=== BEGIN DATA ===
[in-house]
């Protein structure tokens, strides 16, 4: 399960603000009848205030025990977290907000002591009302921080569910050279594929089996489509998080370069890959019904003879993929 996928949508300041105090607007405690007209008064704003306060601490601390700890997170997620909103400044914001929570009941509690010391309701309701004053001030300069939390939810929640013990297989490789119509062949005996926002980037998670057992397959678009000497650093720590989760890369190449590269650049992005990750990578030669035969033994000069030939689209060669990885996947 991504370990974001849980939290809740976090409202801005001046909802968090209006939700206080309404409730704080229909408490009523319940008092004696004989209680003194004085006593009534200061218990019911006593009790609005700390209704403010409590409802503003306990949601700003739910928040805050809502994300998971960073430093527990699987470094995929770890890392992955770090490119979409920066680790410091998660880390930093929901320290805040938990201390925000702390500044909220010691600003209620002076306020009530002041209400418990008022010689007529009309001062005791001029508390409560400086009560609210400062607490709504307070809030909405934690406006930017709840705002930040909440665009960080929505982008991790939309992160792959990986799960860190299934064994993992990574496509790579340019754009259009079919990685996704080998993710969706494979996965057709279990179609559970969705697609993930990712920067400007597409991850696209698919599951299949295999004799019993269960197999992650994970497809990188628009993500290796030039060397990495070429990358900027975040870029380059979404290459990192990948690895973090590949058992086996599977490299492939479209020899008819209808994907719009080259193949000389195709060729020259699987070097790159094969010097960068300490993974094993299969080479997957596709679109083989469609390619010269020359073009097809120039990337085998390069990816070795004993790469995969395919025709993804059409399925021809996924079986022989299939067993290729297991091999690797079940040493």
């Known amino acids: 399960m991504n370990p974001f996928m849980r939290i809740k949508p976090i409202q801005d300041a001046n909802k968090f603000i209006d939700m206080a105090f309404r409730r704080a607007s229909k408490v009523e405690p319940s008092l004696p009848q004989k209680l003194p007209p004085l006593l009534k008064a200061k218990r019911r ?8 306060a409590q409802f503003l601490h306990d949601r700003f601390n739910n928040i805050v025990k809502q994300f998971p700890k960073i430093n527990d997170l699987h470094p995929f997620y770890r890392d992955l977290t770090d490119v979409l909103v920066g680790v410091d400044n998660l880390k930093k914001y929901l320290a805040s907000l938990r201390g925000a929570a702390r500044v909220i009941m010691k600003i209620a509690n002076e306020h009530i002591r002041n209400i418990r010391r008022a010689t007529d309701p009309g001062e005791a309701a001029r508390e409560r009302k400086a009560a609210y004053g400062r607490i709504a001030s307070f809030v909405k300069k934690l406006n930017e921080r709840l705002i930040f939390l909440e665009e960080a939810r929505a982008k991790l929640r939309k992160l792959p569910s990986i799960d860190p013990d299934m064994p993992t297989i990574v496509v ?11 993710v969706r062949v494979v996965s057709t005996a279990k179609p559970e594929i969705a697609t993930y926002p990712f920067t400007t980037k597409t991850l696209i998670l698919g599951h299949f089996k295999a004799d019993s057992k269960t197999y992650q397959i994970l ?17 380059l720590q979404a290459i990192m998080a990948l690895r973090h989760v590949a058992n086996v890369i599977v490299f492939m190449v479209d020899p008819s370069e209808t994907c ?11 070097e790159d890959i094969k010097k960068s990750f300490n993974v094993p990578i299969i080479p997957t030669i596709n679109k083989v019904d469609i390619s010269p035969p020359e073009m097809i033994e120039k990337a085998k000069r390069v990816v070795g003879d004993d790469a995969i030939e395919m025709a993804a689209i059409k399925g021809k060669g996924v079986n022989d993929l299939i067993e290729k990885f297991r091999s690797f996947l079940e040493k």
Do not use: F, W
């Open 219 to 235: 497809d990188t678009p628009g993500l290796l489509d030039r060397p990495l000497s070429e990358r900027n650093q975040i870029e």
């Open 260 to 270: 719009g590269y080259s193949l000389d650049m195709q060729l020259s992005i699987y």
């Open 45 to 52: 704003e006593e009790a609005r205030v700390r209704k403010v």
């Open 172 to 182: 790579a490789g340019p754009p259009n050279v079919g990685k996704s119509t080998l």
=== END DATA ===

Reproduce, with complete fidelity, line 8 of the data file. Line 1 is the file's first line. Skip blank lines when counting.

């Open 172 to 182: 790579a490789g340019p754009p259009n050279v079919g990685k996704s119509t080998l």